Alex Salmond’s lawyer has accused the Scottish Government of leaking the contents of a letter in a “selective and deliberately misleading” way.
The Daily Record reported the former first minister blocked the release of government papers to the Holyrood inquiry into how complaints against him were handled.
Lawyer David McKie said the claim is untrue and the information “can only have come from the Scottish Government”, based on a confidential letter.
Deputy First Minister John Swinney has refused to provide some legal and court papers related to the Scottish Government’s unlawful investigation into harassment claims against Mr Salmond.
Mr Swinney told the Committee on the Scottish Government Handling of Harassment Complaints that an unnamed individual has objected to the documents being released.
Saturday’s Daily Record reported Mr Salmond was believed to be the person cited by Mr Swinney.
Mr McKie said the “highly defamatory and misleading article” must have been based on information leaked by the Scottish Government in a “clear data breach”.
Writing to the Scottish Government, David McKie said he wants the incident to be reported to the Information Commissioner’s Office and an investigation carried out.
The lawyer wrote: “The information in the article can only have come from the Scottish Government.
“It was information sent only to the Scottish Government in a letter marked ‘private and confidential’.
“The data breach is a clear contravention of the law.”
He added: “We are appalled that correspondence with the Scottish Government on matters as sensitive as those involved in this case cannot be sent with any confidence that they will be treated appropriately and in good faith.
“Furthermore, the breach appears to have been selective and deliberately misleading.
“It has resulted in a highly defamatory and misleading article being published about our client.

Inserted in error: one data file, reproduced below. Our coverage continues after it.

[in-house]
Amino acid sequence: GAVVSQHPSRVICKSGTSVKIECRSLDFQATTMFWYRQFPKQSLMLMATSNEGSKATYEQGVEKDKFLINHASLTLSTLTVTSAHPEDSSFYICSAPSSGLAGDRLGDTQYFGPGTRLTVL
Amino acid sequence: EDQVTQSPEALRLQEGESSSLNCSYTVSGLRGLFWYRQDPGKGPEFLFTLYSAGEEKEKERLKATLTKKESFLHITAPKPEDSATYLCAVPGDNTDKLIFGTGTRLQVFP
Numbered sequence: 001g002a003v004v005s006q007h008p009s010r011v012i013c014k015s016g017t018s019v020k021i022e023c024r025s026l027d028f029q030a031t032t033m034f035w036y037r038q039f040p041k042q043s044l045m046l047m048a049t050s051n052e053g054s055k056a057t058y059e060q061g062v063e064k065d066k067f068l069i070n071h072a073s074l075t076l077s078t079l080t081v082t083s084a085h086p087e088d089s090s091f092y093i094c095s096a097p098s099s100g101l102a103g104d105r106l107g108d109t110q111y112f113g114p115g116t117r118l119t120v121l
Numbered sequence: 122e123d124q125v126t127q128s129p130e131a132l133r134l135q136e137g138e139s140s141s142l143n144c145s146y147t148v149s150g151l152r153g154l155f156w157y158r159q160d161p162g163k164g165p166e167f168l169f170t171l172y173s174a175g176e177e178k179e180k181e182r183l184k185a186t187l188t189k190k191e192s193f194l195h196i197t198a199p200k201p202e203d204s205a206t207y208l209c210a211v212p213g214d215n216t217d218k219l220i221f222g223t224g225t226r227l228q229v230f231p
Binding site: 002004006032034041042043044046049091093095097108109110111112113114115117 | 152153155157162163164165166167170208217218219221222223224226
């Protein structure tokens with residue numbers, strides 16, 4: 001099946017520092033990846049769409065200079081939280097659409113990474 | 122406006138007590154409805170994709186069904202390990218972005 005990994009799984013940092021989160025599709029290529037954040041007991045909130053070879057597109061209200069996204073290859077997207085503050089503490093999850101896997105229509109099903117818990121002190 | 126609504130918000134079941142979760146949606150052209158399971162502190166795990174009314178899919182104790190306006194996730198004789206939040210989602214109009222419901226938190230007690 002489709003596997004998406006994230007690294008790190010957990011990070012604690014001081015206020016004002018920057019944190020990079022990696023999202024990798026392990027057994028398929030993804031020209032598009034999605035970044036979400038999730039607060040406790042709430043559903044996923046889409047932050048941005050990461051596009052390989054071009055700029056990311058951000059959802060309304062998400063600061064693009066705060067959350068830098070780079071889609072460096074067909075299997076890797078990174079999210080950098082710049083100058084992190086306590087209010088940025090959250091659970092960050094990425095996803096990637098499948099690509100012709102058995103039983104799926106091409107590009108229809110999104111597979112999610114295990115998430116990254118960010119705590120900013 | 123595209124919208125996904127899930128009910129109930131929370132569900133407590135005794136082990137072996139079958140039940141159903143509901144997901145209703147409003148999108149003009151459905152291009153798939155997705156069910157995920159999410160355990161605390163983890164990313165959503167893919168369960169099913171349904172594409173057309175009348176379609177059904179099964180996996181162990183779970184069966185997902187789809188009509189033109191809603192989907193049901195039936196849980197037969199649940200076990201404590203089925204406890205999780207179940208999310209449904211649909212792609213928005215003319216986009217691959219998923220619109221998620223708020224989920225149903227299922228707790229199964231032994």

“That, doubtless, was the intention.”
Mr Salmond has offered to go to court in an attempt to obtain the Scottish Government documents used in the judicial review into their handling of harassment complaints.
In a letter to the committee, Mr McKie said Mr Salmond is not attempting to block papers being released, as suggested in the article, and is prepared to share the letter confidentially with the committee if asked.
He added: “Our client’s position is clear – he seeks to facilitate the maximum lawful disclosure of documents whilst respecting and, if necessary, enforcing the orders of the court.
“In contrast, the Government appears prepared to risk contempt of court by offering documents the committee has not asked for, while simultaneously refusing to provide the committee with material it has asked for and can lawfully provide, such as the external legal advice on the judicial review.”
Scottish Labour deputy leader Jackie Baillie, a member of the committee, said: “By practising evasion and now leaking, the Scottish Government is neither covering itself in glory nor acting as a Government should.
“It seems that the Scottish Government’s default mode of operation is cloak and dagger.
“This is not acceptable and must end.”
The Scottish Government has been contacted for comment.
In a separate letter, Mr Swinney has written to the committee convener to object to two instances of “junior” civil servants being named in evidence sessions by Ms Baillie.
The Deputy First Minister wrote: “The naming of individuals as happened on September 1 and September 8 could constitute a breach of their data protection rights and I would be very grateful for your help in ensuring that similar disclosure of Scottish Government employees’ personal data does not continue to occur.”